With the presence of trolls on social media becoming an increasing problem over the last few years, can enough be done to raise awareness and be kind online?
Today, November 9th, marks Social Media Kindness Day- a day that encourages toleration and kindness towards each other across various social media platforms.
It is also in memory of the late TV presenter Caroline Flack, who took her own life in February 2020, on what would have been her birthday.
— Social Media Kindness Day 🤟 9th November 🤟 (@smkindnessday) November 9, 2021
It is estimated that around one in five children aged 10 to 15 in England and Wales have experienced at least one form of online bullying in the year ending March 2020, according to the office for National Statistics.
Residents at Media City have shared their thoughts about online bullying and how to spread positivity.
“I’ve suffered with mental health and things like that. For me, it’s all about being positive and bringing positive vibes really.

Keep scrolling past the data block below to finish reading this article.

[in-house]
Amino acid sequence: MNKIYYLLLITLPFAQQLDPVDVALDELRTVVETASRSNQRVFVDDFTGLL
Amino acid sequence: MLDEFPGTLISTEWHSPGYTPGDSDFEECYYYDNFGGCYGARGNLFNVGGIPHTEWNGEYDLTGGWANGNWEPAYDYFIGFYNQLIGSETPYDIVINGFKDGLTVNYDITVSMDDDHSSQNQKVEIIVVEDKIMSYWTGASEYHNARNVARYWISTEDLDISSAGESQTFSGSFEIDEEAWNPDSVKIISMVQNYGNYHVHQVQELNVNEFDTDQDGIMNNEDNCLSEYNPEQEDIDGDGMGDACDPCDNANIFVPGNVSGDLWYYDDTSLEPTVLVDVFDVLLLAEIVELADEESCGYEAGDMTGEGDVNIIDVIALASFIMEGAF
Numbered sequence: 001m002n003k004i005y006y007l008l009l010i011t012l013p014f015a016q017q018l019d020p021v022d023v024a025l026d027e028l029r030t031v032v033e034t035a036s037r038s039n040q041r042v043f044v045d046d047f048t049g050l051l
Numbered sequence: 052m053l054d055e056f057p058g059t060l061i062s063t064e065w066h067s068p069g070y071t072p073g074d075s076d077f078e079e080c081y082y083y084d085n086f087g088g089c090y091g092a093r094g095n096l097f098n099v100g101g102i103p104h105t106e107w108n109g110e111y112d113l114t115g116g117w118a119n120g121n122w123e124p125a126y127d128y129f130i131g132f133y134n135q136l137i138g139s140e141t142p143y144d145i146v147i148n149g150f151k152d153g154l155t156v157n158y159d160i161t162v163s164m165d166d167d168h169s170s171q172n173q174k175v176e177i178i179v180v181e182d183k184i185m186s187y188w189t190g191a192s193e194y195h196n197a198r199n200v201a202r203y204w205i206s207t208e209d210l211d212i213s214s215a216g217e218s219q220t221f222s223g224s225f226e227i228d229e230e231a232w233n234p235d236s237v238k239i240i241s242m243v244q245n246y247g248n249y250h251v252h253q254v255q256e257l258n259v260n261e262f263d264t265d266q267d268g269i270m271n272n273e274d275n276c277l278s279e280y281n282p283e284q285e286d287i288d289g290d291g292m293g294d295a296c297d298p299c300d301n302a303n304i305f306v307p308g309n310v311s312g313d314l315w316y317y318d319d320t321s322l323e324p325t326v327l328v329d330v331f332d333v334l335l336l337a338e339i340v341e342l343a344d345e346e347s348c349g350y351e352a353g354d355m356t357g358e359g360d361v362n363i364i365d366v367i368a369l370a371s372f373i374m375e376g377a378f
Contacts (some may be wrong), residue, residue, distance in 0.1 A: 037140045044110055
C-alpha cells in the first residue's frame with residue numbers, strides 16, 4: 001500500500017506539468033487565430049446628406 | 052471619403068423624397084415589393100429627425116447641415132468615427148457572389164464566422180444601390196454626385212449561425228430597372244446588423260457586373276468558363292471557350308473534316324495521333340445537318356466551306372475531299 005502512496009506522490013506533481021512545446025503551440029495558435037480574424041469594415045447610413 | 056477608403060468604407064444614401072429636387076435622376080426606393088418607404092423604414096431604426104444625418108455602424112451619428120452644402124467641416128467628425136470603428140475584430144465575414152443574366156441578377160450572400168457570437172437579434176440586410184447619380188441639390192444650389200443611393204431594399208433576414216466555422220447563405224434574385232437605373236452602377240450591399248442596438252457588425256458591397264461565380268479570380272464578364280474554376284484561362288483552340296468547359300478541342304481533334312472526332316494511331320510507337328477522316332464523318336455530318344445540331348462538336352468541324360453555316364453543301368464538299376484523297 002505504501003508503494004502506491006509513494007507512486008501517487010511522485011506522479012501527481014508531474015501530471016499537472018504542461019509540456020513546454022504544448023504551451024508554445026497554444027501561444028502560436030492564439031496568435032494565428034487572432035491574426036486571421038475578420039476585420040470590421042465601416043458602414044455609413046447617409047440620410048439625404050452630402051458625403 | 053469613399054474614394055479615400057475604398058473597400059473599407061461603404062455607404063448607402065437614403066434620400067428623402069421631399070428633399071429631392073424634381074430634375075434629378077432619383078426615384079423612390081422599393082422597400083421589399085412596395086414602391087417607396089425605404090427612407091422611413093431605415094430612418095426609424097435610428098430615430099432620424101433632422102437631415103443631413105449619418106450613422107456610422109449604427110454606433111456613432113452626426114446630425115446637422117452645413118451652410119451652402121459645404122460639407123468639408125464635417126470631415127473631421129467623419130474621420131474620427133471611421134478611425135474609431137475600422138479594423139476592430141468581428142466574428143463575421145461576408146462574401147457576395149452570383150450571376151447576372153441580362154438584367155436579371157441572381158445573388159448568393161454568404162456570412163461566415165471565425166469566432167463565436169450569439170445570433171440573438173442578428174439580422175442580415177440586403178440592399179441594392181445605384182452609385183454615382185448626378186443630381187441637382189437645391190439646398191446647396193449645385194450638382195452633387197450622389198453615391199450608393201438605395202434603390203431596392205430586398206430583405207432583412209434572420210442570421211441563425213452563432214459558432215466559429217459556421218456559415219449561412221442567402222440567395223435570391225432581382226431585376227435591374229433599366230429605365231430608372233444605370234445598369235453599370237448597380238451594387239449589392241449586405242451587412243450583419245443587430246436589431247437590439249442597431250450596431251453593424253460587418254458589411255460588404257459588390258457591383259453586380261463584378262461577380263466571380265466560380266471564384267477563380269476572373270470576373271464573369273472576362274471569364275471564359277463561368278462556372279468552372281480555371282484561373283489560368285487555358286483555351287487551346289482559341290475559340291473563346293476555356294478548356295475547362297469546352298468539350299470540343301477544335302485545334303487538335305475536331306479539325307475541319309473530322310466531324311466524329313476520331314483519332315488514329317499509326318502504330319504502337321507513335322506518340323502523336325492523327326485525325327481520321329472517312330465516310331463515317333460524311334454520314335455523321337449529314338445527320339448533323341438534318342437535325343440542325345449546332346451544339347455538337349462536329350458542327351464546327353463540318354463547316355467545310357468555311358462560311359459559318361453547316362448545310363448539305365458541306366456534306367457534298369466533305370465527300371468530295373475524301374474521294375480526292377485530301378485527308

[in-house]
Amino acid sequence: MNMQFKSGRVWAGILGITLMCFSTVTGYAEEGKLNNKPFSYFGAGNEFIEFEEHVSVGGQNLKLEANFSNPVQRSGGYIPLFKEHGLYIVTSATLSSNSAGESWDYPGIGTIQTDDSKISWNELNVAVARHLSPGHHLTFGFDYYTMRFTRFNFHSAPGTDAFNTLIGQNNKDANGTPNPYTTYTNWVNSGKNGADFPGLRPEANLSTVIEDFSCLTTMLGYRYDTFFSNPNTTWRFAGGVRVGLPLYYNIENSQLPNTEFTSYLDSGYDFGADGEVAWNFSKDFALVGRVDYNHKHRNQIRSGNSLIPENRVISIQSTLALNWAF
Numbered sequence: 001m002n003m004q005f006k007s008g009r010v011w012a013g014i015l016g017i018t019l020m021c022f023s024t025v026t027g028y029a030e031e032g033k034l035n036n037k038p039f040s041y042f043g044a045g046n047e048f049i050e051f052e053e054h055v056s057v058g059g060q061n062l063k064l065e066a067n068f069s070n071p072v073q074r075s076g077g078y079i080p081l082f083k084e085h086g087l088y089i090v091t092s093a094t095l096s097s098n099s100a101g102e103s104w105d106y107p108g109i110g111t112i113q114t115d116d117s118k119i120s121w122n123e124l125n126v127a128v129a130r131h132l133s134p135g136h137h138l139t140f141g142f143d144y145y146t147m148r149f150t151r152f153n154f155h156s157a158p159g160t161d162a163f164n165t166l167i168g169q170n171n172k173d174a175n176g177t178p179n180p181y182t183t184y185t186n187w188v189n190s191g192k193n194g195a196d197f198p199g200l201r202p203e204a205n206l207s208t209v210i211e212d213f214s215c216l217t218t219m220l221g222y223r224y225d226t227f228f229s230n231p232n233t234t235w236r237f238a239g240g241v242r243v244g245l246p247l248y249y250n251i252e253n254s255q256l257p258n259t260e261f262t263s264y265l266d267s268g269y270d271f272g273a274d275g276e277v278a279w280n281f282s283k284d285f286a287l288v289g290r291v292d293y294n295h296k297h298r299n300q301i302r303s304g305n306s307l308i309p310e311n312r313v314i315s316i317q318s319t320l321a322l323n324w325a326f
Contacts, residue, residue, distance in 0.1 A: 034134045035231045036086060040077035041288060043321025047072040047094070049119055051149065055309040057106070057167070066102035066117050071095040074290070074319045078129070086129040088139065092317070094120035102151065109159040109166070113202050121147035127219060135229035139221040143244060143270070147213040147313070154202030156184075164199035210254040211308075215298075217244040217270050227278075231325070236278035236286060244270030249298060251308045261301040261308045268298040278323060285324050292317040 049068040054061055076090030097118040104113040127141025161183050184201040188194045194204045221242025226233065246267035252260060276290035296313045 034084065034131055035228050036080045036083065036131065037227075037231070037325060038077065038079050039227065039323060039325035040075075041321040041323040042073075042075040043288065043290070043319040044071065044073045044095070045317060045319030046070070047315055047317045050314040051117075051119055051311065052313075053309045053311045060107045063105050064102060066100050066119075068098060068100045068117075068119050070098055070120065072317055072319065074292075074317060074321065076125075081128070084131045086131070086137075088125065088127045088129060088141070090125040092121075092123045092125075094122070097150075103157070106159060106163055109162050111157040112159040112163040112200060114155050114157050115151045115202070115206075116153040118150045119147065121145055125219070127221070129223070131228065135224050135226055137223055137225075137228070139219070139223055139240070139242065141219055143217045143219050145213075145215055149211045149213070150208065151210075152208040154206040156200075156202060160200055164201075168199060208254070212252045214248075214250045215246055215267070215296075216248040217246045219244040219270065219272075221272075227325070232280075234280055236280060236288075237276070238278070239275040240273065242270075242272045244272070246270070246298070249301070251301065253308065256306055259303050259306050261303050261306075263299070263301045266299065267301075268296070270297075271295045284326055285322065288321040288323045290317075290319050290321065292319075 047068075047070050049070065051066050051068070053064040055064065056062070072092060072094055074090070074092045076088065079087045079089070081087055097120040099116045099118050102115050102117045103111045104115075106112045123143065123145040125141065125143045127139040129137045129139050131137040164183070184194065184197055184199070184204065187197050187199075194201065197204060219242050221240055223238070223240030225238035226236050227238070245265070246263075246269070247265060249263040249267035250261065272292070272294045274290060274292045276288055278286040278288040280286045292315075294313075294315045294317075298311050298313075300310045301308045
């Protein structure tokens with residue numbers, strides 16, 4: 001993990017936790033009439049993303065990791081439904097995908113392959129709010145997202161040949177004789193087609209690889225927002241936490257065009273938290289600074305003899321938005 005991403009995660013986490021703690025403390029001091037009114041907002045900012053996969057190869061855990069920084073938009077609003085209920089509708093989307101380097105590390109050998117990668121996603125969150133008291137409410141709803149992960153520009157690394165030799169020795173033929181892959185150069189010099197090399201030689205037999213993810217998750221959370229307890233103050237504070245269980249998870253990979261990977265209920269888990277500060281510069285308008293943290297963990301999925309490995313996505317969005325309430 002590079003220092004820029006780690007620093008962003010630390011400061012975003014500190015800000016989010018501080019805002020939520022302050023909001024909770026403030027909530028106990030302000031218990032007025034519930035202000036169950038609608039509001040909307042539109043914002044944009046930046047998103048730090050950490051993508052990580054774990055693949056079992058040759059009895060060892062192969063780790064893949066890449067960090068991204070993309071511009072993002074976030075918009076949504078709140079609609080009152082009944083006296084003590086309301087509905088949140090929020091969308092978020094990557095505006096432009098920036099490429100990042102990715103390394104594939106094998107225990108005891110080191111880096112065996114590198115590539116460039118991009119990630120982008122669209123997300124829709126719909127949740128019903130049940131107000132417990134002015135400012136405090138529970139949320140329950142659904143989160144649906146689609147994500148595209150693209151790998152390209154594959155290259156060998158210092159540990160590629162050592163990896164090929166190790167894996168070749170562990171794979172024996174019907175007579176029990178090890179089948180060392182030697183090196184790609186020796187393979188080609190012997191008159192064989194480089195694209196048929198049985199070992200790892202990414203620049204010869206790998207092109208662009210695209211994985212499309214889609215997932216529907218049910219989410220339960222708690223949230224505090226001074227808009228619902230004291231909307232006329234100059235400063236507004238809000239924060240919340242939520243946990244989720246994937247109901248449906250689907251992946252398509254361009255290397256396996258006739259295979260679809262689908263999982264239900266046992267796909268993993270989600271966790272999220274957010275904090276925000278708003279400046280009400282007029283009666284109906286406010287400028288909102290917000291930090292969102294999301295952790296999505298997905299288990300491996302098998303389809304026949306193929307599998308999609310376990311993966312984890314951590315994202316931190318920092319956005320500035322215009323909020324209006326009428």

“There’s no place for negativity on social media. It can have a really damaging impact on people without you realising it. So just think before you post.” Said one man.
Another person said: “I don’t try to comment any too controversial statements or anything that’s purposefully antagonistic because even if you’re trying to say something funny, its hard to read that inner written format or social media format without context or anything like that.”
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If you or anyone you know have been, or are being, harassed online contact Greater Manchester Police or call 101.
(infographic credit: Emmie Norton and information from Thrive Global